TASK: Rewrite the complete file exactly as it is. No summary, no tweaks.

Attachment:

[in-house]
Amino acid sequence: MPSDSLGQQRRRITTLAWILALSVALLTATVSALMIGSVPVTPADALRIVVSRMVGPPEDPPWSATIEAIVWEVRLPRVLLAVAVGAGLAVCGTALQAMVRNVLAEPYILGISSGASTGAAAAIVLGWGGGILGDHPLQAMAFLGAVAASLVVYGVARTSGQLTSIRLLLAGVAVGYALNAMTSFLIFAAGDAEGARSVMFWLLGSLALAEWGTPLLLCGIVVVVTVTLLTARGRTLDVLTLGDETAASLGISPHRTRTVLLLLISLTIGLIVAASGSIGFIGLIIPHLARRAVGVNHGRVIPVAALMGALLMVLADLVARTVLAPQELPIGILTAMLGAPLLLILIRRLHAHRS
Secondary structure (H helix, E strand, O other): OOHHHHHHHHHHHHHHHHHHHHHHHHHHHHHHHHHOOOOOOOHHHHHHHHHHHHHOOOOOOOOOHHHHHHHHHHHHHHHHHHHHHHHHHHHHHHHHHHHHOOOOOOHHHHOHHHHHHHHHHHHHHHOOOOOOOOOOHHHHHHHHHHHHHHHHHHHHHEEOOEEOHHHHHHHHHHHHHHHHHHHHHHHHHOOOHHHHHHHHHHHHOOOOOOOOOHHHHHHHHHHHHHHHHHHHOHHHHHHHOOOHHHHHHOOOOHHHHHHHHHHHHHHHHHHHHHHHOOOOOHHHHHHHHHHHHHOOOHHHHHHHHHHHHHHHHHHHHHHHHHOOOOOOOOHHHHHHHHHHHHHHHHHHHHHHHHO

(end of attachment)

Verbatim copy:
[in-house]
Amino acid sequence: MPSDSLGQQRRRITTLAWILALSVALLTATVSALMIGSVPVTPADALRIVVSRMVGPPEDPPWSATIEAIVWEVRLPRVLLAVAVGAGLAVCGTALQAMVRNVLAEPYILGISSGASTGAAAAIVLGWGGGILGDHPLQAMAFLGAVAASLVVYGVARTSGQLTSIRLLLAGVAVGYALNAMTSFLIFAAGDAEGARSVMFWLLGSLALAEWGTPLLLCGIVVVVTVTLLTARGRTLDVLTLGDETAASLGISPHRTRTVLLLLISLTIGLIVAASGSIGFIGLIIPHLARRAVGVNHGRVIPVAALMGALLMVLADLVARTVLAPQELPIGILTAMLGAPLLLILIRRLHAHRS
Secondary structure (H helix, E strand, O other): OOHHHHHHHHHHHHHHHHHHHHHHHHHHHHHHHHHOOOOOOOHHHHHHHHHHHHHOOOOOOOOOHHHHHHHHHHHHHHHHHHHHHHHHHHHHHHHHHHHHOOOOOOHHHHOHHHHHHHHHHHHHHHOOOOOOOOOOHHHHHHHHHHHHHHHHHHHHHEEOOEEOHHHHHHHHHHHHHHHHHHHHHHHHHOOOHHHHHHHHHHHHOOOOOOOOOHHHHHHHHHHHHHHHHHHHOHHHHHHHOOOHHHHHHOOOOHHHHHHHHHHHHHHHHHHHHHHHOOOOOHHHHHHHHHHHHHOOOHHHHHHHHHHHHHHHHHHHHHHHHHOOOOOOOOHHHHHHHHHHHHHHHHHHHHHHHHO